“I’m a people person, I’m a listener and I’m a mediator. I like to solve problems for the betterment of a group,” Howell said. “All of those things are part of this job. I love it.”

What will transportation be in 2088?

For Howell, it was a short film from Honda, of all things, in 2008 that inspired him to put his mechanical engineering degree behind and to pursue a master’s degree in transit planning. The film, called “Mobility 2088,” asked thinkers around the world to anticipate what transportation would look like 80 years in the future.

“It was fascinating,” said Howell, who grew up the son of educators in a rural area of Maryland. “It had a wide variety of responses and focused on pure innovation. It pushed the limits of how you should view our current transportation system in terms of technology, functionality and environmental impact. That got me into wanting a hybrid between urban planning, transportation and public health because air pollution is one of the leading causes for public health issues.”

In graduate school in Baltimore, Howell focused his research on the effects that freight transportation has on climate change. He chose the subject after an epiphany during a transportation conference in Washington, D.C., when a presenter showed a chart outlining the increased demand for moving freight over the next 40 years.

‘The amount of pollution from that alone was quintuple the rate of everything else. It was scary to look at.,” Howell said. “A politician from Vermont pointedly asked, ‘How do I know the impacts of freight transportation on air pollution? How do we not know that?’ And that became my thesis.”

Howell created a theoretical system to model the pollution in real time and created an award-winning online tool that allowed freight companies, governments and private agencies to track it. His work led Baltimore to study how its infrastructure affected the ways trucks moved in and out of the port there.

“In order to go from the port north on I-95, trucks had to travel through a residential neighborhood,” Howell said. “The lights were not timed, so there was a lot of stop and go, stop and go. They were able to reroute how trucks got to I- 95 with no lights, mitigating the air pollution effects to people who live around there. It was awesome.”

Howell also was able to work for the Maryland Department of Transportation as part of a co-op program while in graduate school. He was responsible for managing the state’s transportation projects funded through the American Recovery and Reinvestment Act, the federal stimulus program signed into law in February 2009.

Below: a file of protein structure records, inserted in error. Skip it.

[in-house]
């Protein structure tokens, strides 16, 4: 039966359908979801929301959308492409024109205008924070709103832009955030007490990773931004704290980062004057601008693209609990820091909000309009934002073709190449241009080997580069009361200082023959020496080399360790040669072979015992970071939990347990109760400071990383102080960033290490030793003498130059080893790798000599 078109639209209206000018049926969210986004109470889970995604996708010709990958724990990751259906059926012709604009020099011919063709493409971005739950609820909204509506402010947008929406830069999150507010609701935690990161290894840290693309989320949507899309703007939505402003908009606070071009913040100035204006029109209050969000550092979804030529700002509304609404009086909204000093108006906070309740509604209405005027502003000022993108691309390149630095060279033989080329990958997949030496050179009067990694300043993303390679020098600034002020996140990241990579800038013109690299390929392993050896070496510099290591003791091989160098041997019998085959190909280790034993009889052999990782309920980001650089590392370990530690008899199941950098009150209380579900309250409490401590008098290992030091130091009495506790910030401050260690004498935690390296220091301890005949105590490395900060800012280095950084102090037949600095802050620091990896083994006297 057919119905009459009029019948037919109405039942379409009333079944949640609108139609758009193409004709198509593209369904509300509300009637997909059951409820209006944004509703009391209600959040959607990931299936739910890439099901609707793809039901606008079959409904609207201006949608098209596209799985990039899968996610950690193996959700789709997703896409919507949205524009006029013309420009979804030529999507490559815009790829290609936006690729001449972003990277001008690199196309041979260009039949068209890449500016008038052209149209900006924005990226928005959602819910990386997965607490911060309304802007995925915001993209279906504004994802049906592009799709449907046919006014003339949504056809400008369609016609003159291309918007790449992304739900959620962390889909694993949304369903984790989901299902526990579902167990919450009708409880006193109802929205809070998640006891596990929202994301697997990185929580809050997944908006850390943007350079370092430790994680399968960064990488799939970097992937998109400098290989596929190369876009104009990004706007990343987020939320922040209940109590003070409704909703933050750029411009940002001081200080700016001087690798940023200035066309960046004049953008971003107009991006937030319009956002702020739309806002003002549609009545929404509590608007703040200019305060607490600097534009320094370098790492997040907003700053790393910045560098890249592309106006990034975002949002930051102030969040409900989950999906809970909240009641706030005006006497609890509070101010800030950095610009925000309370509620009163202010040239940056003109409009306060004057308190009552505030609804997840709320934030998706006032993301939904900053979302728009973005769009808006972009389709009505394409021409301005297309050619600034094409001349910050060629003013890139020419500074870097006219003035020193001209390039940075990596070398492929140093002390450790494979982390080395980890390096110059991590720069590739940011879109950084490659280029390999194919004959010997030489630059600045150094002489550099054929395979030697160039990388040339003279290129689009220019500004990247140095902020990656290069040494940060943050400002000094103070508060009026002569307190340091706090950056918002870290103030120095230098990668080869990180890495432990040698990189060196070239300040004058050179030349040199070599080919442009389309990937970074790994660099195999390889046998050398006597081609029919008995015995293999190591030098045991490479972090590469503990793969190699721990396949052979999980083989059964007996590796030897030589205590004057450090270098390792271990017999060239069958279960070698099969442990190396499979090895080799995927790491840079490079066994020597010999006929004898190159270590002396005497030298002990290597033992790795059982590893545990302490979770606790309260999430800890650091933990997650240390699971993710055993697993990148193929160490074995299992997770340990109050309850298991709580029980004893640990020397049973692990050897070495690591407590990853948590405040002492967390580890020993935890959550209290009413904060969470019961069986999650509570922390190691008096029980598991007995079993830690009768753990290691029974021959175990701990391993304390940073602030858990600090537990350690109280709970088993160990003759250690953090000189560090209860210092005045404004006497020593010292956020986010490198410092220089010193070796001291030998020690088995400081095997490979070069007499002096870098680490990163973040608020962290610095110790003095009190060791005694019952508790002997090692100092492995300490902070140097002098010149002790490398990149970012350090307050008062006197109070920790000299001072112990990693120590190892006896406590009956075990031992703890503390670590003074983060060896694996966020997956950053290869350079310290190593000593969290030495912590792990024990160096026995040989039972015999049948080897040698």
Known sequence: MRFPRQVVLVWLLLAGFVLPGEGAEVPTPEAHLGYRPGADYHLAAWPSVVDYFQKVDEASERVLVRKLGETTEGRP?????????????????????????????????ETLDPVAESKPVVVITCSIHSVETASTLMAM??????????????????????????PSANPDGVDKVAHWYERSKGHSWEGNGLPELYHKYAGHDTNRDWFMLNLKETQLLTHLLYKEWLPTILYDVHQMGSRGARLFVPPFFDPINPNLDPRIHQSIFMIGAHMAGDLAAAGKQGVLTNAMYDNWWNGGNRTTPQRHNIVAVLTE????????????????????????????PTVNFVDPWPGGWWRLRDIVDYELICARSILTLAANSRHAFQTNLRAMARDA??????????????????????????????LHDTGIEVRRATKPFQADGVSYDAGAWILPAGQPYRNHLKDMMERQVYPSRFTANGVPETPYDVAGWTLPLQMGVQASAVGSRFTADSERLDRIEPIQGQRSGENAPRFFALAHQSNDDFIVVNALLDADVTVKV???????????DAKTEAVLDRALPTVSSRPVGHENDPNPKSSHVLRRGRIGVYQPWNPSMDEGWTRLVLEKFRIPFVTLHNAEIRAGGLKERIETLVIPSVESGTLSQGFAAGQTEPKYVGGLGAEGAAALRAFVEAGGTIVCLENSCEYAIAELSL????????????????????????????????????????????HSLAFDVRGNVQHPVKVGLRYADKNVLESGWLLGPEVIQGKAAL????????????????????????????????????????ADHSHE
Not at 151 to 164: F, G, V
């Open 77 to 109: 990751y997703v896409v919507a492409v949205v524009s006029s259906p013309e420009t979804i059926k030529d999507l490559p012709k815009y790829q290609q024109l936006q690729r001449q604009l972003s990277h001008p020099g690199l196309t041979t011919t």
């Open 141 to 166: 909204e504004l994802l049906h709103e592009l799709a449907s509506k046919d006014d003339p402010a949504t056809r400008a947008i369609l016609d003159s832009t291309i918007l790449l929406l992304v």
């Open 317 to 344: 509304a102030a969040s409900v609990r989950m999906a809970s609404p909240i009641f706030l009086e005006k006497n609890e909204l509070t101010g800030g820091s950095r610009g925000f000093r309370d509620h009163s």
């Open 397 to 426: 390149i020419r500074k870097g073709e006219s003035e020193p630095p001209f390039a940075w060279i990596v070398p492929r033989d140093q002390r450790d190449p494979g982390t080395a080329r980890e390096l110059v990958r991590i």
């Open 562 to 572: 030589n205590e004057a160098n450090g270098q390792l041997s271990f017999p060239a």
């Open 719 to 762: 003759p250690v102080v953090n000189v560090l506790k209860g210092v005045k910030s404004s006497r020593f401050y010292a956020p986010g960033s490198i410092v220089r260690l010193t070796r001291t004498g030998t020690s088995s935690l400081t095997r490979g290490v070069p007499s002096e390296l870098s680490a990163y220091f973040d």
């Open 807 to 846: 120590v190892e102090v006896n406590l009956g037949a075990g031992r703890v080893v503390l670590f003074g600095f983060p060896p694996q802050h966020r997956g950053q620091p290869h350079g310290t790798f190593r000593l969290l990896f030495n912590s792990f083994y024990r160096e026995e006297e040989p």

Once Howell earned his master’s degree in 2012, he applied to 85 jobs around the world that had some relation to planning – including one in Cary, a town he’d never heard of. A man with an appealing Southern drawl called him up and invited him down to interview for a position as a transit planner.

“The more I read about Raleigh and Cary, at the time, for a planner, you either wanted to be in Detroit because of the massive blight to help bring it back or in the Triangle,” Howell said. “The Triangle is one of the most rapidly growing metro areas in the country. How do you grapple with that challenge? That’s a planner’s dream.”

Always getting a little bit better

With more than a million people now living in Wake County and more on the way every day, Howell is grateful that leaders had the vision to create a transit plan to help the area remain competitive and livable and to advocate the half-cent tax to help pay for it. Already, the transit investment has brought increases in bus frequency and routes for GoCary, GoRaleigh and GoTriangle through the FY 2018 Work Plan.

With nine work plans to go, each building on the other, Howell recently realized how much his work mirrors his body-building passion. The 32-year-old spends nearly two hours a day in the gym – four hours, if he’s preparing for a competition – always wanting to get just a little bit better.

“It’s a marathon, not a sprint, and it’s the same for Wake Transit,” he said. “There are little things we can do along the way to make tweaks and improvements that will make it unbeatable. Each year is one mile at a time.”

Whether building bodies or bridges, Howell concentrates each day on improvement. Powell, who is Howell’s boss at CAMPO, calls him a conscientious guy with a great personality, which makes him easy to work with for the broad spectrum of personalities he encounters each day.

“While I have zero authority, I can’t tell anybody what to do, I can provide strong levels of advisement to parties to make sure things move forward,” Howell said. “I can’t tell you what to do, but I can tell you the implications of it if you don’t do it. Diplomacy. That’s better than being the dictator.”

Should “diplomat” go before or after ball-juggler?